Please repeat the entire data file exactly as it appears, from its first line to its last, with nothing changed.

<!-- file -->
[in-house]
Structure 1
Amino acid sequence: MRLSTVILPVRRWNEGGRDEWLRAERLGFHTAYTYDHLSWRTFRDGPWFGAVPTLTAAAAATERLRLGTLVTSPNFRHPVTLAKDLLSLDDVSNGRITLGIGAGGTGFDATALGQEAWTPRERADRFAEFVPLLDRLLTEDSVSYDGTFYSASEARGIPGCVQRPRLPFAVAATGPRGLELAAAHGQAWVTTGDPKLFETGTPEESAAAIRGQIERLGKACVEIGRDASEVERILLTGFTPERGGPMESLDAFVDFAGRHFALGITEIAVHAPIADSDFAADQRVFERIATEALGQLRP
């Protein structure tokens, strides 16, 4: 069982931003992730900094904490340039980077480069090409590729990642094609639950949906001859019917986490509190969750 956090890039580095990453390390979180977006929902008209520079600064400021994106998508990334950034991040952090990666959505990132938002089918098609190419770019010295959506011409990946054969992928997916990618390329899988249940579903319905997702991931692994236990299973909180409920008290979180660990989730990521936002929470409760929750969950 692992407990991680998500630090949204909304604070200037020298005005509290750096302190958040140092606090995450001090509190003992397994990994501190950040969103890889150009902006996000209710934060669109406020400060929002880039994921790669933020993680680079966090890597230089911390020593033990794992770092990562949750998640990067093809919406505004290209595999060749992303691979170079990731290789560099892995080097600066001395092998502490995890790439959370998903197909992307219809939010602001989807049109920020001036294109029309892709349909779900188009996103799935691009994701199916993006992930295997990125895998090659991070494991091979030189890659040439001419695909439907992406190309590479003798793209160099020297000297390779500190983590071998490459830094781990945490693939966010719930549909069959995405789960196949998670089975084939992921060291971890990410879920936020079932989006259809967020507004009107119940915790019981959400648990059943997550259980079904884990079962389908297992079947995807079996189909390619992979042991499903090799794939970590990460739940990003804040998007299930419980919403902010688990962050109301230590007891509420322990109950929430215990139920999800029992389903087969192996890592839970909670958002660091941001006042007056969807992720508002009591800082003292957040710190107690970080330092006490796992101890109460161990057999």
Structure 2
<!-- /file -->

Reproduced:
[in-house]
Structure 1
Amino acid sequence: MRLSTVILPVRRWNEGGRDEWLRAERLGFHTAYTYDHLSWRTFRDGPWFGAVPTLTAAAAATERLRLGTLVTSPNFRHPVTLAKDLLSLDDVSNGRITLGIGAGGTGFDATALGQEAWTPRERADRFAEFVPLLDRLLTEDSVSYDGTFYSASEARGIPGCVQRPRLPFAVAATGPRGLELAAAHGQAWVTTGDPKLFETGTPEESAAAIRGQIERLGKACVEIGRDASEVERILLTGFTPERGGPMESLDAFVDFAGRHFALGITEIAVHAPIADSDFAADQRVFERIATEALGQLRP
């Protein structure tokens, strides 16, 4: 069982931003992730900094904490340039980077480069090409590729990642094609639950949906001859019917986490509190969750 956090890039580095990453390390979180977006929902008209520079600064400021994106998508990334950034991040952090990666959505990132938002089918098609190419770019010295959506011409990946054969992928997916990618390329899988249940579903319905997702991931692994236990299973909180409920008290979180660990989730990521936002929470409760929750969950 692992407990991680998500630090949204909304604070200037020298005005509290750096302190958040140092606090995450001090509190003992397994990994501190950040969103890889150009902006996000209710934060669109406020400060929002880039994921790669933020993680680079966090890597230089911390020593033990794992770092990562949750998640990067093809919406505004290209595999060749992303691979170079990731290789560099892995080097600066001395092998502490995890790439959370998903197909992307219809939010602001989807049109920020001036294109029309892709349909779900188009996103799935691009994701199916993006992930295997990125895998090659991070494991091979030189890659040439001419695909439907992406190309590479003798793209160099020297000297390779500190983590071998490459830094781990945490693939966010719930549909069959995405789960196949998670089975084939992921060291971890990410879920936020079932989006259809967020507004009107119940915790019981959400648990059943997550259980079904884990079962389908297992079947995807079996189909390619992979042991499903090799794939970590990460739940990003804040998007299930419980919403902010688990962050109301230590007891509420322990109950929430215990139920999800029992389903087969192996890592839970909670958002660091941001006042007056969807992720508002009591800082003292957040710190107690970080330092006490796992101890109460161990057999």
Structure 2